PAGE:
How do people respond to media coverage of weather influenced by climate change?
AP Photo/Andy Newman
Media reports are starting to directly connect climate change to its weather effects in local communities. But how you respond to those linkages depends on what you already think about climate change.
A new statistical test lets scientists figure out if two groups are similar to one another.
A new statistical test lets researchers search for similarities between groups. Could this help keep new important findings out of the file drawer?
When people know it’s a full moon, they tend to use it to explain all sorts of human behaviour.
The 'illumination hypothesis' – suggests that criminals like enough light to ply their trade, but not so much as to increase their chance of apprehension.
Our predictive skills are about as reliable as a crystal ball.
We can't simply try to work out what's going to happen during the fourth industrial revolution.
People who share potential misinformation on Twitter (in purple) rarely get to see corrections or fact-checking (in orange).
Shao et al.
Information on social media can be misleading because of biases in three places – the brain, society and algorithms. Scholars are developing ways to identify and display the effects of these biases.
Some of the Facebook and Instagram ads used in 2016 election released by members of the U.S. House Intelligence committee.
AP Photo/Jon Elswick
A scholar asks whether democracy itself is at risk in a world where social media is creating deeply polarized groups of individuals who tend to believe everything they hear.
Oh please. There’s no wind on the moon.
Rational arguments and myth busting often won't help you change the mind of a conspiracy theorist. But there are other ways.
The message might not come through if you put all your communication eggs in one theoretical basket.
Reports of facts' death have been greatly exaggerated. Effective communication jettisons the false dilemma in favor of a more holistic view of how people take in new information on contentious topics.
And don’t expect chocolate ice cream, either.
Millions of Americans believe brown cows produce chocolate milk? The way the media reported this factoid raises questions about science literacy – but different ones than you may think.
‘I don’t want to see it.’
'Monkeys' via www.shutterstock.com
If someone sees or hears something they don't want to believe...they probably won't believe it.
With a second Scottish referendum 'all but inevitable', here's a strange pill for the nationalists to swallow.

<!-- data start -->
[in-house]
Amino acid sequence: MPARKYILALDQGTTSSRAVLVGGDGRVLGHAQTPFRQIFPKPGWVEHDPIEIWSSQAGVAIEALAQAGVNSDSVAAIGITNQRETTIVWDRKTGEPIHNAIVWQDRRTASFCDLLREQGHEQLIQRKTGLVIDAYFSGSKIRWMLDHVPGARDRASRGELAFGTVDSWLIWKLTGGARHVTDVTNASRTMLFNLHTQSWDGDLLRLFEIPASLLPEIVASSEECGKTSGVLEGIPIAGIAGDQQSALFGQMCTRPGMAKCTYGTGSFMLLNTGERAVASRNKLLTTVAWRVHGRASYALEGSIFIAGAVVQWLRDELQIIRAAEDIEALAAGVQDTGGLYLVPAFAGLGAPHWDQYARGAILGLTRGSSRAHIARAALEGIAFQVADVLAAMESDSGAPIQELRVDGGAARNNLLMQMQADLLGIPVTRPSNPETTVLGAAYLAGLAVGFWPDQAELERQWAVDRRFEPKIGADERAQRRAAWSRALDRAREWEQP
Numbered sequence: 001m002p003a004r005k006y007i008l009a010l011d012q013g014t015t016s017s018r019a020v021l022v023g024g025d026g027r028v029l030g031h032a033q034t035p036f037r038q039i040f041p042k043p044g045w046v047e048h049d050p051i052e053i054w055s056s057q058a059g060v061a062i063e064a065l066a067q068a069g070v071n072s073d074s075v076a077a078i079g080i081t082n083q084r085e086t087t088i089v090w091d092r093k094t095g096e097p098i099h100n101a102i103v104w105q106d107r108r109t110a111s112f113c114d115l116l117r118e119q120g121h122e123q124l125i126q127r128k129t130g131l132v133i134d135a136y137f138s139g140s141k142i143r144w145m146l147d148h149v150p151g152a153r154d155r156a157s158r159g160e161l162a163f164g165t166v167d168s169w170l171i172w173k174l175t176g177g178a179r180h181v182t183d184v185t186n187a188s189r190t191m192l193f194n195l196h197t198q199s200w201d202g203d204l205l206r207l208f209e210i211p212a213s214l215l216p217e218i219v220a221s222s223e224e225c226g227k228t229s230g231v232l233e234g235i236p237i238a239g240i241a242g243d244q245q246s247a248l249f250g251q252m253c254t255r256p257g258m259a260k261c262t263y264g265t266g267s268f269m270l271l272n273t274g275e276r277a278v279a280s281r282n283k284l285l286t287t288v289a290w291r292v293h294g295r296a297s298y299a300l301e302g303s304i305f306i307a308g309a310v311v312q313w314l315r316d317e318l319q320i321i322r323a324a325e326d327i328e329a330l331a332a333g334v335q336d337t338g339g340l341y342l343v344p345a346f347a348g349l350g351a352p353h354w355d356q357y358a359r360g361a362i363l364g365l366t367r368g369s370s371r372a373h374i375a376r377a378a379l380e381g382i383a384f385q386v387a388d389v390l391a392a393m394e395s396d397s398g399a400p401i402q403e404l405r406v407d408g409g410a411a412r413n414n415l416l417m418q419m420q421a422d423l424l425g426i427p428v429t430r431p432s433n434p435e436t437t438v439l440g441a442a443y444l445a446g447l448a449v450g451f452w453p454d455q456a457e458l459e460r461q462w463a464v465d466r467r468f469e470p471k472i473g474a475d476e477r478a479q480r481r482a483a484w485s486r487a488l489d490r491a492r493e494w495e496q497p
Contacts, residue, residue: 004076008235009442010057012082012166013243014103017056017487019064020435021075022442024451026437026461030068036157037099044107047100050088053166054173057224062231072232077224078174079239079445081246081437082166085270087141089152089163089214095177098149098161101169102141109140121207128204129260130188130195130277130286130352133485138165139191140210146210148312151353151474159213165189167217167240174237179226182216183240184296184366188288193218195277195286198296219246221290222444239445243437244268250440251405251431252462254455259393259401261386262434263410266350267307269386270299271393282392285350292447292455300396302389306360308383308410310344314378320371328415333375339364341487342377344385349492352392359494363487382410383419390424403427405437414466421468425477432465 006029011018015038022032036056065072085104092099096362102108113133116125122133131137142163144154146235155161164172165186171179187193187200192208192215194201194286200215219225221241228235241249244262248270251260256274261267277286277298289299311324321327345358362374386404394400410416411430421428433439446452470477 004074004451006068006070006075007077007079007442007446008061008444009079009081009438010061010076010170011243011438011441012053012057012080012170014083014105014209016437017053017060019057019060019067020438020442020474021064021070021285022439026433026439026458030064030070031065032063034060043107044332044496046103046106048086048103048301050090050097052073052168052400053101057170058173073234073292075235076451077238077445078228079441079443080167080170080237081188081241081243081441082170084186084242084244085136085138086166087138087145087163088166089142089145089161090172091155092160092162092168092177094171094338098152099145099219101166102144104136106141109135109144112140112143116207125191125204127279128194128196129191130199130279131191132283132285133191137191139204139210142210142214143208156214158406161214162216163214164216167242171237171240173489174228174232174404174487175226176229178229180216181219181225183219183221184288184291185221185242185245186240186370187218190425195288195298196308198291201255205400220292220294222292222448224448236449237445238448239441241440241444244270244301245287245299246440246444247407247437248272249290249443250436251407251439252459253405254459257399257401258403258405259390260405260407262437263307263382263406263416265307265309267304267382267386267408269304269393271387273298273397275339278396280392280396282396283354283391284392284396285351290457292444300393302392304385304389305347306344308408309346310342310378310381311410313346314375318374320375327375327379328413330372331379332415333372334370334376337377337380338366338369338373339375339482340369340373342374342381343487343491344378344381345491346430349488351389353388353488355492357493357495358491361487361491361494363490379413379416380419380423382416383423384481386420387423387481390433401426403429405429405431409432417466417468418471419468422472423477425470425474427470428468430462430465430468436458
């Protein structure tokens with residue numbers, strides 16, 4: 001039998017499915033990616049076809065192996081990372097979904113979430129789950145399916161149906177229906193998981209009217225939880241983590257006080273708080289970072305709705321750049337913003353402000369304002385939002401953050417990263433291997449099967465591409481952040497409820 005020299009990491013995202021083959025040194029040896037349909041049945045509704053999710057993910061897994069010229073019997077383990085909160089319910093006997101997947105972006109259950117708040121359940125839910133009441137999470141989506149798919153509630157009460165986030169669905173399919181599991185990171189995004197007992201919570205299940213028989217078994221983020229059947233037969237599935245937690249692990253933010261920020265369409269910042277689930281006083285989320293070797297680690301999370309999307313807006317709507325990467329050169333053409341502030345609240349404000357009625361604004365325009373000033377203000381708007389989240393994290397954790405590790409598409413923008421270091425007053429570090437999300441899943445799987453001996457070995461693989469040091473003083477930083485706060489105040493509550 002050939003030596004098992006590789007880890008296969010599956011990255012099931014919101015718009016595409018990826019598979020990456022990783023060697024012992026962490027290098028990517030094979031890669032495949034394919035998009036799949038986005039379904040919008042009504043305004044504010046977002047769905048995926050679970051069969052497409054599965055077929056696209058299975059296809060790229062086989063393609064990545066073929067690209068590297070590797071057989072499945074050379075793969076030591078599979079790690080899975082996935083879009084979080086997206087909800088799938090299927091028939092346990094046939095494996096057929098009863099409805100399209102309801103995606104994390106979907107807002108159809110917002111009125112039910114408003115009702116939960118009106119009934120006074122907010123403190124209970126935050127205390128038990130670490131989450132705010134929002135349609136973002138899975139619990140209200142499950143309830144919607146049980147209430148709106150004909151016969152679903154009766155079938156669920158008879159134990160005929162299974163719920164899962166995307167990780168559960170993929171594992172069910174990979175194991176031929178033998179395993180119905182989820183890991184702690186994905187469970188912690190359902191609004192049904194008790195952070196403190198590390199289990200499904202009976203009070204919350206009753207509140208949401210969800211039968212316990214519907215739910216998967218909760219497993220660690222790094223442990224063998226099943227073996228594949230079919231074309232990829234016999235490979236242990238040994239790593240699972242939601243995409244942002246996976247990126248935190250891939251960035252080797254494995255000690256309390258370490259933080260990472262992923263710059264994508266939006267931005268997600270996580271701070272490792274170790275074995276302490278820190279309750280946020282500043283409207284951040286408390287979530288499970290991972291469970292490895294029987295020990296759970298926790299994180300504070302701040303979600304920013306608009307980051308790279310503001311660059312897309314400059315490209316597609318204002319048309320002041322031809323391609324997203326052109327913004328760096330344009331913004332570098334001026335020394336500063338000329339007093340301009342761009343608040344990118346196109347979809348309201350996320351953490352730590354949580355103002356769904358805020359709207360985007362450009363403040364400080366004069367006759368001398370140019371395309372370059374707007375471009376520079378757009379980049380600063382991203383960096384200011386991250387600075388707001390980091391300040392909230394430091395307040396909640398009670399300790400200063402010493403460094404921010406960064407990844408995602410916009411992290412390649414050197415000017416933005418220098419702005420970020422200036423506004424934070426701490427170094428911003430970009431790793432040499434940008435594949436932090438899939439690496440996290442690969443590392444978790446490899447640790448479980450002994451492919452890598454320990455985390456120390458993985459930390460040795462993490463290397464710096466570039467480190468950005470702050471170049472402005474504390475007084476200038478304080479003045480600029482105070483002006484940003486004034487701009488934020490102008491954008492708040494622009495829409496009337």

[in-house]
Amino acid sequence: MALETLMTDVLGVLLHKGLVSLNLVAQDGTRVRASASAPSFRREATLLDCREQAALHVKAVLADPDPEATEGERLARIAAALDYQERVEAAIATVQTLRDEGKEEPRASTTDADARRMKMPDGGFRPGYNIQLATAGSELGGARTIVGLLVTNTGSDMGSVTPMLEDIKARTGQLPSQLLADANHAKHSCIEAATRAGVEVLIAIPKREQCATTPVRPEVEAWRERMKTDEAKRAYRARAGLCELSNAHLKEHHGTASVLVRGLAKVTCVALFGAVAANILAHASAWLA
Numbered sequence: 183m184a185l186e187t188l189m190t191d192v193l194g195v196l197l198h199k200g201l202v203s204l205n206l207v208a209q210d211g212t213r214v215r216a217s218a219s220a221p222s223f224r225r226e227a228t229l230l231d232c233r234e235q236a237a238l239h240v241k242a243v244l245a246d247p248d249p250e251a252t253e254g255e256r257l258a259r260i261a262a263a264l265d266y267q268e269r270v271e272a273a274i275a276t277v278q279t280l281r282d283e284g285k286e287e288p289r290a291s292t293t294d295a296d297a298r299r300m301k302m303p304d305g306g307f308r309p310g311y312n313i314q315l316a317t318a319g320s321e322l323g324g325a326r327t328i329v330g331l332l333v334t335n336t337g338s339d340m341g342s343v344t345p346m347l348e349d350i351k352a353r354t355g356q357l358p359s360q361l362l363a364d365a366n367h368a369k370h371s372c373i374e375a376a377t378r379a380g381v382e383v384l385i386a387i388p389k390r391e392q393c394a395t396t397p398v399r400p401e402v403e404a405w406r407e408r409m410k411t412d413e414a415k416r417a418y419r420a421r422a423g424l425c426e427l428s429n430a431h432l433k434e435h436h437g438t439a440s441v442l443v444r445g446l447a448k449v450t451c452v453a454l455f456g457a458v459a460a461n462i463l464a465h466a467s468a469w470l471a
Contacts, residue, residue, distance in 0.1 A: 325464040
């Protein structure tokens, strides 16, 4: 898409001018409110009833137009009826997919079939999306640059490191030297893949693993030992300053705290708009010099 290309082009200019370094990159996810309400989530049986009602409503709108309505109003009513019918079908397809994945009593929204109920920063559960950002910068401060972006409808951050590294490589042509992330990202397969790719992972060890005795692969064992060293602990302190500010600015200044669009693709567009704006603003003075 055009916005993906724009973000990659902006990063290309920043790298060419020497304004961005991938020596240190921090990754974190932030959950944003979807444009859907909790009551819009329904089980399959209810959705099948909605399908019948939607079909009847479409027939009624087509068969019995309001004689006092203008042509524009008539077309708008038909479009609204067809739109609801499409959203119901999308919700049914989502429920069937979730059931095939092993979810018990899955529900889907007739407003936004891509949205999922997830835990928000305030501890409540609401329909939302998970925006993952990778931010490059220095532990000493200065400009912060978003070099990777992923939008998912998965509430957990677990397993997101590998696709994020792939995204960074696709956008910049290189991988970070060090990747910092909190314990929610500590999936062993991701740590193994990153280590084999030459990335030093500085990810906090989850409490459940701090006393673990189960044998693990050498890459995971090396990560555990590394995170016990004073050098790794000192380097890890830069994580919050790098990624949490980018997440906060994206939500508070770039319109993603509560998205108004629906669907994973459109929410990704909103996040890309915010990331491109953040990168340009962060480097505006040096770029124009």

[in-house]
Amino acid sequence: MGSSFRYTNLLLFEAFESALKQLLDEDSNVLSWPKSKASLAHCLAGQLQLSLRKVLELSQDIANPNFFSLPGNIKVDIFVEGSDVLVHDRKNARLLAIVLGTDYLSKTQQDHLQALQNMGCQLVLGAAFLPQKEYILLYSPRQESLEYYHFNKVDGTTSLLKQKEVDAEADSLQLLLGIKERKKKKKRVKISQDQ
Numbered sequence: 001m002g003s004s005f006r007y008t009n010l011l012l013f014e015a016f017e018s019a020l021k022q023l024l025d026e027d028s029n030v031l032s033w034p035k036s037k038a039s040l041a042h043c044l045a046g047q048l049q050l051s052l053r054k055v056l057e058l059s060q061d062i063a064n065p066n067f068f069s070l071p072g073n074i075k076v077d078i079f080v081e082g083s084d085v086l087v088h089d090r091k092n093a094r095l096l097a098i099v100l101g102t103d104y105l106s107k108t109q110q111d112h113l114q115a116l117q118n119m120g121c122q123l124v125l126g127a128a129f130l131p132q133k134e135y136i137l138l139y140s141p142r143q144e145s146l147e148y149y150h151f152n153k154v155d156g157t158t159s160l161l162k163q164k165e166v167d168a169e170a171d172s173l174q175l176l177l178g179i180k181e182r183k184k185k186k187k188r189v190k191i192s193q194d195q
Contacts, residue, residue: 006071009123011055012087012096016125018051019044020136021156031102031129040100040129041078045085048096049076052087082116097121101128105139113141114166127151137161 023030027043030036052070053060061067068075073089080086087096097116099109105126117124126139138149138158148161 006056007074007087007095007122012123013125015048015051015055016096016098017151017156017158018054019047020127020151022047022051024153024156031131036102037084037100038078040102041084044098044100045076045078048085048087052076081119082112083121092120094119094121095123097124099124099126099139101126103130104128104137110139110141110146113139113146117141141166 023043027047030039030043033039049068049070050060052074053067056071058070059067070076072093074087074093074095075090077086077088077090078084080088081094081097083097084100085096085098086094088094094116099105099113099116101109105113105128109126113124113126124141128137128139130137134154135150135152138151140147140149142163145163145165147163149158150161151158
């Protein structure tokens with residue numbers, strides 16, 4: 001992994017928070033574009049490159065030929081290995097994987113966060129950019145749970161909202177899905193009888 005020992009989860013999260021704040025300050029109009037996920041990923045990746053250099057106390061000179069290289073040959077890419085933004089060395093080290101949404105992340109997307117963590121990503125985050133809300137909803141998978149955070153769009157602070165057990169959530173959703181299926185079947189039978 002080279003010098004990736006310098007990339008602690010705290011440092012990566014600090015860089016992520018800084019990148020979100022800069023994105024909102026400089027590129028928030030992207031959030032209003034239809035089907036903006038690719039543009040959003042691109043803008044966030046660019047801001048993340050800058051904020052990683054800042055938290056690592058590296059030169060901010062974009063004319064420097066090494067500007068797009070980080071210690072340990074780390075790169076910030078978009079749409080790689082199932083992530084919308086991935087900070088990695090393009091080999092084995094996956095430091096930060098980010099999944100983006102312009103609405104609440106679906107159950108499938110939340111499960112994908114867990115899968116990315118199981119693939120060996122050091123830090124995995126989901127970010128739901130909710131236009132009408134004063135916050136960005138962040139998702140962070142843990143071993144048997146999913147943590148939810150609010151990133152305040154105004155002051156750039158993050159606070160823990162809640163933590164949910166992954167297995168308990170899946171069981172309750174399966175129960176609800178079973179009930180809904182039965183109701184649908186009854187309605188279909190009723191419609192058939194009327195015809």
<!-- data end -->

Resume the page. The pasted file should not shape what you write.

Yeah, I’m not hearing that.
Woman picture via www.shutterstock.com.
Quirks of human psychology can pose problems for science communicators trying to cover controversial topics. Recognizing what cognitive science knows about how we deal with new information could help.
Technology exacerbates the news echo chamber, but it can also be the solution to overcoming our deep-seated psychological biases.
Individuals from both sides of politics will refuse to accept evidence that contradicts their beliefs.
We like to think that our political views are well reasoned and backed by evidence. But research shows how easily we all succumb to cognitive biases to justify our own deeply held views.
Like wearing psychological blinders.
Horse image via www.shutterstock.com.
It's human nature to notice or search out information that supports what you already believe and discount or avoid data to the contrary. The problem comes in when you don't recognize this bias is in play.
Do you ever feel like this? It’s not helping you get smarter…
We now have access to an Internet containing a vast store of information much bigger than any individual brain can carry - and that's not always a good thing.
Our tendency to see what we want to see is the biggest threat to cosmology.
Confirmation bias, the psychological effect that makes people unconsciously interpret information to confirm their beliefs, is a big threat to cosmology.
The apparent seesaw in health journalism causes science fatigue in the public mind.
The media constantly bombards us with the latest research on a plethora of topics without much nuance on its quality or relevance. So how can we trust science if it can't seem to make up its own mind?
Leaders need to show followers they're with them, but that's no guarantee they will get everyone's support.
An artist’s conception of a of gamma ray burst.
Our understanding of gamma ray bursts (GRBs) – flashes of gamma rays from explosions in distant galaxies – since they were discovered more than 50 years ago may not be as solid as first thought. Research…